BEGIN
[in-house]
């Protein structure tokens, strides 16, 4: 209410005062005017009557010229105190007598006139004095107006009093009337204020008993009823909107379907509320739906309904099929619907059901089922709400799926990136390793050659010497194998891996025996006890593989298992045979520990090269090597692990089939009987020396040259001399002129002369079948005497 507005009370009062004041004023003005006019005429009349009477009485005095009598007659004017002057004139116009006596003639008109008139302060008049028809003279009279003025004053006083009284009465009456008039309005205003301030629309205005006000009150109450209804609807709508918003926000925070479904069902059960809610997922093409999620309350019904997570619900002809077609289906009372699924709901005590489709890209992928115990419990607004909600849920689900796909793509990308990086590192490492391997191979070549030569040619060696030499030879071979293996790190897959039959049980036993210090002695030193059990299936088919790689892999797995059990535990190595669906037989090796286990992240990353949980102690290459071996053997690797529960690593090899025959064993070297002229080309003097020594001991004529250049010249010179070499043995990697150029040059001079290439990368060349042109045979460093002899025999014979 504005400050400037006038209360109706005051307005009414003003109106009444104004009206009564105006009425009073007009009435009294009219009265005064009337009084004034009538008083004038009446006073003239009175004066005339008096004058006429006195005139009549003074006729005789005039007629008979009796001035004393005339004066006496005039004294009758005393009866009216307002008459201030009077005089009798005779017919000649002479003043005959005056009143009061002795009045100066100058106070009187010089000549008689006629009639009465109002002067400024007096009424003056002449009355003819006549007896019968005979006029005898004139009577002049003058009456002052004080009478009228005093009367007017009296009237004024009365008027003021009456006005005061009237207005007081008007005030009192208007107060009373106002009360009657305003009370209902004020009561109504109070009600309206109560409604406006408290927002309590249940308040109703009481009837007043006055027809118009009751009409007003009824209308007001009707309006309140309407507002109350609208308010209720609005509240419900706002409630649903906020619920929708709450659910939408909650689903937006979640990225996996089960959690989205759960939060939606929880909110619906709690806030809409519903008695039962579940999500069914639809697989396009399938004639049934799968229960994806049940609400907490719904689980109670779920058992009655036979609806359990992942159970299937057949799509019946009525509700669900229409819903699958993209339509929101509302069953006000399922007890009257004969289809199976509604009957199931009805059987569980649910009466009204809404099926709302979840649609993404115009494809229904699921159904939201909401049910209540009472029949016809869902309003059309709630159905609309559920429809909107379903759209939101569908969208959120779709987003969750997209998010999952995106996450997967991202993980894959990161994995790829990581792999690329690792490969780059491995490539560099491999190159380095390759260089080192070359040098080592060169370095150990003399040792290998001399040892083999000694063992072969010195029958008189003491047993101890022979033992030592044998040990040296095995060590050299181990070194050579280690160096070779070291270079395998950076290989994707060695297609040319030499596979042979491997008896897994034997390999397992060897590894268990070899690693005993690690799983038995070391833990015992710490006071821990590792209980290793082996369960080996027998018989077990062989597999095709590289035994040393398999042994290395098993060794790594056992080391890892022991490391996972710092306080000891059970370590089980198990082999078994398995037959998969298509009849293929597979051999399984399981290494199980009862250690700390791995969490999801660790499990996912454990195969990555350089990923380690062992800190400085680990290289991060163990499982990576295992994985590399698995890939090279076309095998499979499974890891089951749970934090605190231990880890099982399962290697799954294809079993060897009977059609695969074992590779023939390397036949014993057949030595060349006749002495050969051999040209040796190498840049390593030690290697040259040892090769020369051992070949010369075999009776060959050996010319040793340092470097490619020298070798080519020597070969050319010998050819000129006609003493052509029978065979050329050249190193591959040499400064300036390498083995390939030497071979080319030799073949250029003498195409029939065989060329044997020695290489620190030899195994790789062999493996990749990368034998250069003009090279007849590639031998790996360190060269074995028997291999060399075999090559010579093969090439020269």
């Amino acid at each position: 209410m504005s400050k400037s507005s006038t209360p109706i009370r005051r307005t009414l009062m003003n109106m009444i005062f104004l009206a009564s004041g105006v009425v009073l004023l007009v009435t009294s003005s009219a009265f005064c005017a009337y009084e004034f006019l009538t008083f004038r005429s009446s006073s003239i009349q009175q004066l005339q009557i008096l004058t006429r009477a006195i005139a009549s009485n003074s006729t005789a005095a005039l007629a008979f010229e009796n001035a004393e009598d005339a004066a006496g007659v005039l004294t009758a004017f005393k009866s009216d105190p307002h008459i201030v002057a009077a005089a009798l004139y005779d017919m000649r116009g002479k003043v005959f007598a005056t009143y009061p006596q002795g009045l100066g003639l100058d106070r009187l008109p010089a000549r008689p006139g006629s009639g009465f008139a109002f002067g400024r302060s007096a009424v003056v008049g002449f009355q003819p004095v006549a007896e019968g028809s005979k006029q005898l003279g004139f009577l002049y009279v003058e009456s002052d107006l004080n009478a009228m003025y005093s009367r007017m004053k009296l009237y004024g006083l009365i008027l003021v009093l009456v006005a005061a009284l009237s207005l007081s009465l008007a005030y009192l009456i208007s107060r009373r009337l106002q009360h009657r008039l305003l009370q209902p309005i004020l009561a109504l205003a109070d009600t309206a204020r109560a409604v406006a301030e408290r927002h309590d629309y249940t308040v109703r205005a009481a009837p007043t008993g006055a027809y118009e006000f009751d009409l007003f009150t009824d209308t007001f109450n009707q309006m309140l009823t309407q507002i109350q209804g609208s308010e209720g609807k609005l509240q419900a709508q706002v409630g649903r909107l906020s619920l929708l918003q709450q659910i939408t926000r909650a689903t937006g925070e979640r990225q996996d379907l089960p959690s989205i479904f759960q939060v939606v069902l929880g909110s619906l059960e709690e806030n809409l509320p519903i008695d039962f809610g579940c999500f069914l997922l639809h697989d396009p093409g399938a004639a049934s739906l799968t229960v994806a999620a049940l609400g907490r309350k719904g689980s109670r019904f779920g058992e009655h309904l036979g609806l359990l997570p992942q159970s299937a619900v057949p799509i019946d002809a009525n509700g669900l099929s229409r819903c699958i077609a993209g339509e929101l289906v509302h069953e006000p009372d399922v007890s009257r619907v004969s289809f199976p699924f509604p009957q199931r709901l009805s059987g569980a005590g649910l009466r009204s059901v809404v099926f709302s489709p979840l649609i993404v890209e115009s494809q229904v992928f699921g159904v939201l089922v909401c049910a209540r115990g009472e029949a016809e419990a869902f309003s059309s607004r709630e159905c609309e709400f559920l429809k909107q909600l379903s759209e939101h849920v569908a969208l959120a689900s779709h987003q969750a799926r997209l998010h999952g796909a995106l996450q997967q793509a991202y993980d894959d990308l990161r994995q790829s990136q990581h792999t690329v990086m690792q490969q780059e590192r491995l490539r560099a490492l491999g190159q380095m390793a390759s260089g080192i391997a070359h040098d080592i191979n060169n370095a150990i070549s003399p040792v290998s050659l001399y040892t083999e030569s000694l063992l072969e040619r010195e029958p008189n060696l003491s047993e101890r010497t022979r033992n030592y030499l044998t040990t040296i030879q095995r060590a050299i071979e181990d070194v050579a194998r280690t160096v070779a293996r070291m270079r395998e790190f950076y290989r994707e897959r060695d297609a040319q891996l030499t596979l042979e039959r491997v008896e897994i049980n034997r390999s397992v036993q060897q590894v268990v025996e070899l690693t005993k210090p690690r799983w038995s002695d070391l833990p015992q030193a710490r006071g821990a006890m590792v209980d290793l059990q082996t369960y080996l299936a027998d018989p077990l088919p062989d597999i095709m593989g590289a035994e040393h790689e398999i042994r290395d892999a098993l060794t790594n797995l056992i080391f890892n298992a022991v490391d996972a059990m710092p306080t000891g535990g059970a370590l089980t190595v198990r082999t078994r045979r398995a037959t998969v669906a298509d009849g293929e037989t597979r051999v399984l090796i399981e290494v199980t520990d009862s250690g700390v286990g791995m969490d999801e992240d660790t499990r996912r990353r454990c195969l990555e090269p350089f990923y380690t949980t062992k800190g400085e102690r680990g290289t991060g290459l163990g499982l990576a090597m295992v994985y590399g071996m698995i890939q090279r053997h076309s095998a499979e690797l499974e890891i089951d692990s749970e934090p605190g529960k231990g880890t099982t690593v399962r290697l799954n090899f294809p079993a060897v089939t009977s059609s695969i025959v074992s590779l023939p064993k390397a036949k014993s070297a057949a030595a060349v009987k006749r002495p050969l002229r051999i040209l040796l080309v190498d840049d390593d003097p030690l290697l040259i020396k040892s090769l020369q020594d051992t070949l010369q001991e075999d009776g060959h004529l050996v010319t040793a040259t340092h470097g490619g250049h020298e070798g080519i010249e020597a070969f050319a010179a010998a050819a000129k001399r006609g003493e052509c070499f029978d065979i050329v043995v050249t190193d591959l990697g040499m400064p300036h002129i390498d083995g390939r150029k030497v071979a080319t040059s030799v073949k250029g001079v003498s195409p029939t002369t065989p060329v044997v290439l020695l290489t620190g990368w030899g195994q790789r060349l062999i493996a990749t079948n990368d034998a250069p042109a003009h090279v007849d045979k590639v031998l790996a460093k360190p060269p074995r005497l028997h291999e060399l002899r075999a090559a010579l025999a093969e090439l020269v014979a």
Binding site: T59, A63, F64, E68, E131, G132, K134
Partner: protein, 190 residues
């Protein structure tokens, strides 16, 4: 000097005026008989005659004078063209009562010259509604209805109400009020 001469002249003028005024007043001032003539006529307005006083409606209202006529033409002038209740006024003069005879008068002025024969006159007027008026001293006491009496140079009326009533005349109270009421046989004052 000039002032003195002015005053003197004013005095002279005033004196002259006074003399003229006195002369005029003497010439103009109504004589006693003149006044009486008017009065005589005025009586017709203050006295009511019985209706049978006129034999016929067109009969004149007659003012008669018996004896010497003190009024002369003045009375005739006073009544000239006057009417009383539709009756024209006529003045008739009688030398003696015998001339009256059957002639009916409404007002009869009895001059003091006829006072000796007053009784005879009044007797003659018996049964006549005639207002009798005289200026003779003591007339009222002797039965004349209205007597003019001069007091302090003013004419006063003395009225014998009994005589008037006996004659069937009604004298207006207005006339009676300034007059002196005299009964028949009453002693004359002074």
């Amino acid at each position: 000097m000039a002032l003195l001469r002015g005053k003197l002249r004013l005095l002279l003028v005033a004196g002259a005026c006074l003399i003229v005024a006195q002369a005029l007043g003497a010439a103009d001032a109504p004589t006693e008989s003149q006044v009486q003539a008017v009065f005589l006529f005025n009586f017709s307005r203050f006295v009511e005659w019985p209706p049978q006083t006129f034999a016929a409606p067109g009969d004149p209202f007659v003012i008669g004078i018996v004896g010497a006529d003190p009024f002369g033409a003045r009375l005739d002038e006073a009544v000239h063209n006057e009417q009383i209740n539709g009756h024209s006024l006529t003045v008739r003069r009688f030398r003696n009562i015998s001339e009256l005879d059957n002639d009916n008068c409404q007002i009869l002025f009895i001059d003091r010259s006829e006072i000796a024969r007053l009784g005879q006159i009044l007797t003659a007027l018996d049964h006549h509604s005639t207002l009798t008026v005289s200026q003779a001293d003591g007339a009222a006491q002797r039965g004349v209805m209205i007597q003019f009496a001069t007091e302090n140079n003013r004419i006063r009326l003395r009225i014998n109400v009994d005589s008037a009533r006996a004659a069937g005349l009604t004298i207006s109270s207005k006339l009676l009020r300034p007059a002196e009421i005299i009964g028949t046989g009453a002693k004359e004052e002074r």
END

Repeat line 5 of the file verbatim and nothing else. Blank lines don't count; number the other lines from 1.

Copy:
Partner: protein, 190 residues